1916–In World War I, Manfred von Richthofen ("The Red Baron"), a flying ace of the German Luftstreitkräfte, wins his first aerial combat near Cambrai, France.

1920–The National Football League is organized as the American Professional Football Association in Canton, Ohio.

1923–Country singer, Hank Williams, is born in Mount Olive, Alabama. He was inducted into the Country Music Hall of Fame in 1961, and the Rock and Roll Hall of Fame in 1987. His 11 Billboard #1 solo country songs include Lovesick Blues and Why Don’t You Love Me.

1924–The Border Protection Corps is established in the Second Polish Republic for the defense of the eastern border against armed Soviet raids and local bandits.

1924–The Church of Central Africa Presbyterian is formed.

1925–Actress, Dorothy Loudon, is born in Boston, Massachusetts. She appeared in the stage productions of Anything Goes, The Unsinkable Molly Brown, The Women, Annie, Noises Off, Show Boat, and Dinner at Eight.

1926–Bill Black, bass player with the Bill Black Combo, is born. For a while, his band served as backup for Elvis Presley.

1928–The Okeechobee hurricane strikes southeastern Florida, killing more than 2,500 people. It is the third deadliest natural disaster in United States history, behind the Galveston hurricane of 1900, and the San Francisco earthquake in 1906.

1928–Actor, Roddy McDowall, is born Roderick Andrew Anthony Jude McDowall in Herne Hill, London, England. He began his acting career as a child in England, and then in America, in How Green Was My Valley, My Friend Flicka, and Lassie Come Home. He was seen on dozens of TV shows. He also appeared in the films Midnight Lace, The Longest Day, Cleopatra, Shock Treatment, The Greatest Story Ever Told, Inside Daisy Clover, Lord Love a Duck, Planet of the Apes, 5 Card Stud, The Poseidon Adventure, Dead of Winter, and Overboard.

1930–The Ararat rebellion is suppressed. This was an uprising amongst the Kurdish inhabitants of the province of Agri in eastern Turkey against the Turkish government.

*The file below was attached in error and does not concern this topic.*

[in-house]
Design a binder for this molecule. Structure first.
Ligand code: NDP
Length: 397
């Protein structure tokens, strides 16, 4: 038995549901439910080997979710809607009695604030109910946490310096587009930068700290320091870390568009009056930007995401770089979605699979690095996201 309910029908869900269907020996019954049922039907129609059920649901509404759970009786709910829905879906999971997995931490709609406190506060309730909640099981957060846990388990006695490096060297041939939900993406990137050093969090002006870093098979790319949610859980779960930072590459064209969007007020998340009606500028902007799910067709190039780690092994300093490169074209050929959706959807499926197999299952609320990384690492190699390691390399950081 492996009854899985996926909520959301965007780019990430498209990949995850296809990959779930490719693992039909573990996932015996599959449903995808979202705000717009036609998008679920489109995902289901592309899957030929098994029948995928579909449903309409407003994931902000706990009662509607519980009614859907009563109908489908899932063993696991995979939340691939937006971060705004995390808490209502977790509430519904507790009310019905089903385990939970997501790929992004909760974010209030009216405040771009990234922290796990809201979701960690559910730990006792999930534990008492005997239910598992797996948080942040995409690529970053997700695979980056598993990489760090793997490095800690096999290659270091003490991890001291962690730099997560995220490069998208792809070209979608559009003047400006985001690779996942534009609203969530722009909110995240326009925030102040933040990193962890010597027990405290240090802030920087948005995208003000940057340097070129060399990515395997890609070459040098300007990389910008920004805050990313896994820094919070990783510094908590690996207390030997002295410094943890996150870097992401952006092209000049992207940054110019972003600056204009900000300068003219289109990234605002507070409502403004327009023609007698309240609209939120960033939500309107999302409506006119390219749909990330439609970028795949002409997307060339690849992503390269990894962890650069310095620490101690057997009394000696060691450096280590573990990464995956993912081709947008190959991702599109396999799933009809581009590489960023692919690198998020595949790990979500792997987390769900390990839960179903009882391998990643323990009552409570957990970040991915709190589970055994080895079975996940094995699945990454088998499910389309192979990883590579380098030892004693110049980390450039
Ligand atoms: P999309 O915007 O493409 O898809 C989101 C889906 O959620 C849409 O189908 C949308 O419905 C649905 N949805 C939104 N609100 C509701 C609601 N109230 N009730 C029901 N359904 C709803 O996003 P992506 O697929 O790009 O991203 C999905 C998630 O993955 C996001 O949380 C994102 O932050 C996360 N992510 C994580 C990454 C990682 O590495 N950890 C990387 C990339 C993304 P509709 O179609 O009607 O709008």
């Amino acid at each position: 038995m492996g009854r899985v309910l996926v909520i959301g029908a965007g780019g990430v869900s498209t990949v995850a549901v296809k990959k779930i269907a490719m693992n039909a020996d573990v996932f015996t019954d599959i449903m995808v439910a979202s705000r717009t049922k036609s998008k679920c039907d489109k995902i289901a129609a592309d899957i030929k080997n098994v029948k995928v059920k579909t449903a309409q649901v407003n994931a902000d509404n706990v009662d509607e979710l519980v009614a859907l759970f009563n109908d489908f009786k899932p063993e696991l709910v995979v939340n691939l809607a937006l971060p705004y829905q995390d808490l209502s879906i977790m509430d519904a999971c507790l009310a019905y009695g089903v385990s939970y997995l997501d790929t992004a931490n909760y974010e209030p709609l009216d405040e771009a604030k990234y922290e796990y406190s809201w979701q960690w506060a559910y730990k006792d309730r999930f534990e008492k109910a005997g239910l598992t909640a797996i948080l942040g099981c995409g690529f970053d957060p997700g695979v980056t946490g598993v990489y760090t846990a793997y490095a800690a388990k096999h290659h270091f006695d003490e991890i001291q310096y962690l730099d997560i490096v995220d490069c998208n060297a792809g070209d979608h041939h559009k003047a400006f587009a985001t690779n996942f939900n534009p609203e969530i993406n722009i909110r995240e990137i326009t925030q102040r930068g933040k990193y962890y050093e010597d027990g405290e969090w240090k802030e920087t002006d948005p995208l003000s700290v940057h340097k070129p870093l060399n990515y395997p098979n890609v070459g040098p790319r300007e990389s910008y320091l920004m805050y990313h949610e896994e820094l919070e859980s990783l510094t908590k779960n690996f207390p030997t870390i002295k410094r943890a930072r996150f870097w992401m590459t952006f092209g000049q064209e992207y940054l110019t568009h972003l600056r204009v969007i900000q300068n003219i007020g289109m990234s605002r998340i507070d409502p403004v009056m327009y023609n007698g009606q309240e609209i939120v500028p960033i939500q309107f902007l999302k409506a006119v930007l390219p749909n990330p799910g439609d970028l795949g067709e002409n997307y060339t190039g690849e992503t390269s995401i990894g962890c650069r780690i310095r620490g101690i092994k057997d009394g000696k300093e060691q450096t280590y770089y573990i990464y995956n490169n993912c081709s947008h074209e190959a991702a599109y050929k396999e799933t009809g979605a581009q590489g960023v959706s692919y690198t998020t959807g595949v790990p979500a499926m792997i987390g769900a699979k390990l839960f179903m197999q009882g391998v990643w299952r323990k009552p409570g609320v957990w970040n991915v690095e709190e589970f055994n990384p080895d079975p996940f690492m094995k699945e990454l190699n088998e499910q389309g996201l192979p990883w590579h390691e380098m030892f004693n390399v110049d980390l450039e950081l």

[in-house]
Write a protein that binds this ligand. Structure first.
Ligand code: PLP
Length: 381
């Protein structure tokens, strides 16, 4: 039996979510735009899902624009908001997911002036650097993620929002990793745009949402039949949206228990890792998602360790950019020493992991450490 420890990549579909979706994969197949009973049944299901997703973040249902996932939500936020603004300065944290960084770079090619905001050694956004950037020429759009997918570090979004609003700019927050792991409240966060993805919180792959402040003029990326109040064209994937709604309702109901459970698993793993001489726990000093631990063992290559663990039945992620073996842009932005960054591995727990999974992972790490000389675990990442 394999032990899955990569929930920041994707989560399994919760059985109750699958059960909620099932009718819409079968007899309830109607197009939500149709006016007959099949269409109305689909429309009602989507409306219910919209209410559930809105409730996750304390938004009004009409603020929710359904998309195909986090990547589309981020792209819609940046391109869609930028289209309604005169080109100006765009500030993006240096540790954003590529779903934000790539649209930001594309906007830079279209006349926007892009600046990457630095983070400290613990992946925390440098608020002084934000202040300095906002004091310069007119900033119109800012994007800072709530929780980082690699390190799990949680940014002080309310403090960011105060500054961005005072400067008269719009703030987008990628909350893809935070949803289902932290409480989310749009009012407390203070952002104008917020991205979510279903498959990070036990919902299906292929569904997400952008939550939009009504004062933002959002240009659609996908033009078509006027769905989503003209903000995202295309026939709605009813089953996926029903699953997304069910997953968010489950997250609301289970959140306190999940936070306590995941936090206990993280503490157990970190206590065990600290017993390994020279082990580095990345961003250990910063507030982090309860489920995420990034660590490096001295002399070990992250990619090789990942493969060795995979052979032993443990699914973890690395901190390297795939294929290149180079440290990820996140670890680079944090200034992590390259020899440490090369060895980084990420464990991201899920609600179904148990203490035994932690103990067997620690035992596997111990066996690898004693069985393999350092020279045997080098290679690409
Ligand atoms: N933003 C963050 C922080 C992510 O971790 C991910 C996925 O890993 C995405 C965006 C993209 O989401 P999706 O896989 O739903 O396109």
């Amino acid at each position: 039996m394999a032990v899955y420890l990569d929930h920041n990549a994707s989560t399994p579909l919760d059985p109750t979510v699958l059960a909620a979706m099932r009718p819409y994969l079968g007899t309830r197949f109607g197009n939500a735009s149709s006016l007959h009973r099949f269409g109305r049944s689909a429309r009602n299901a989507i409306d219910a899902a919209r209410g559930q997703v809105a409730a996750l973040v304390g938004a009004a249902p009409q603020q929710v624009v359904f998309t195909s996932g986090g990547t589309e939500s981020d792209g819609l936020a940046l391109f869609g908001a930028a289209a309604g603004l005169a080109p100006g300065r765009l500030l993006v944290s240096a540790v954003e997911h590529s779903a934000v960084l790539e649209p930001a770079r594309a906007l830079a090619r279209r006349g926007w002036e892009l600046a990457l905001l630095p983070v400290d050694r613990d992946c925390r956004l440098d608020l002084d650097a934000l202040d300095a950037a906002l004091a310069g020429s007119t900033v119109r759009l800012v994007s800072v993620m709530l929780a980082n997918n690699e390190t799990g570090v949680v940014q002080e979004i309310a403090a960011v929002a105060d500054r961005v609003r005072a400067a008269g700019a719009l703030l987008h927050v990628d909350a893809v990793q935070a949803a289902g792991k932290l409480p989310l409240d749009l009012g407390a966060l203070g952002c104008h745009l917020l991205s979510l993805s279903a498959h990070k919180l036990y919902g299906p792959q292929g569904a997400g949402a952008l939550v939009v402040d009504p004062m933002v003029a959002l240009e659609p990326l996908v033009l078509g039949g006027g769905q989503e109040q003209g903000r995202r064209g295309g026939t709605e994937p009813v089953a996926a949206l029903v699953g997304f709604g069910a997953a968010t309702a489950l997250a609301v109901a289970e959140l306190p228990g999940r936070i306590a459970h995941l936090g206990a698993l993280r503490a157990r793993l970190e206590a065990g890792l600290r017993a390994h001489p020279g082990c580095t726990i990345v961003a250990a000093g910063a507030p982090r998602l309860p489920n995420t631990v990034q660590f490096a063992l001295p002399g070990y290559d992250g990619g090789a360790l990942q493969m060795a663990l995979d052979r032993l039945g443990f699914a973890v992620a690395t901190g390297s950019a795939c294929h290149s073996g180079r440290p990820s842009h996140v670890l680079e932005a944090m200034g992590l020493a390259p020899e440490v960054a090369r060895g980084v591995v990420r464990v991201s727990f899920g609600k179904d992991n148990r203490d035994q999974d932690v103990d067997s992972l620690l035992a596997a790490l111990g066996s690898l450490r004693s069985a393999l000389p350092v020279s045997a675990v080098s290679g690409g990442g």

1930–Actor, David (William) Huddleston, is born in Vinton, Virginia. He was seen widely on television, including the shows Adam-12, Bewitched, Bonanza, Gunsmoke, Kung Fu, The Rockford Files, Police Woman, Charlie’s Angels, Columbo, and The Wonder Years. He appeared in the films Rio Lobo, Brian’s Song, Bad Company, Blazing Saddles, Billy Two Hats, Breakheart Pass, Capricorn One, Smokey and the Bandit II, Joe’s Apartment, The Big Lebowski, and The Producers.

1930–Astronaut, Edgar (Dean) Mitchell, is born in Hereford, Texas. He was an American naval officer and aviator, test pilot, and aeronautical engineer. As the Lunar Module Pilot of Apollo 14, he spent nine hours working on the lunar surface in the Fra Mauro Highlands region, making him the sixth person to walk on the Moon.

1931–The first long-playing record to rotate at 33-1/3 rpm was demonstrated by the RCA Victor company at the Savoy Plaza Hotel in New York. It would be another 17 years before RCA rival, Columbia, would begin mass production of the LP.

1931–Actress, Anne Bancroft, is born Anna Maria Louisa Italiano in The Bronx, New York. She appeared in the films Don’t Bother to Knock, The Kid from Left Field, Gorillla at Large, New York Confidential, The Naked Street, Nightfall, The Girl in Black Stockings, The Miracle Worker, The Pumpkin Eater, The Slender Thread, 7 Women, The Graduate, Young Winston, Blazing Saddles, The Prisoner of Second Avenue, The Hindenburg, Silent Movie, The Turning Point, Fatso, Garbo Talks, Agnes of God, ‘night, Mother, 84 Charing Cross Road, Torch Song Trilogy, Point of No Return, Malice, Mr. Jones, How to Make an American Quilt, G.I. Jane, and Up at the Villa. She was married to comedian, Mel Brooks.

1932–A speech by Laureano Gómez leads to the escalation of the Leticia Incident. Also called the Leticia War or the Colombia-Peru War, this is a short-lived armed conflict between the Republic of Colombia and the Republic of Peru over territory in the Amazon Rainforest.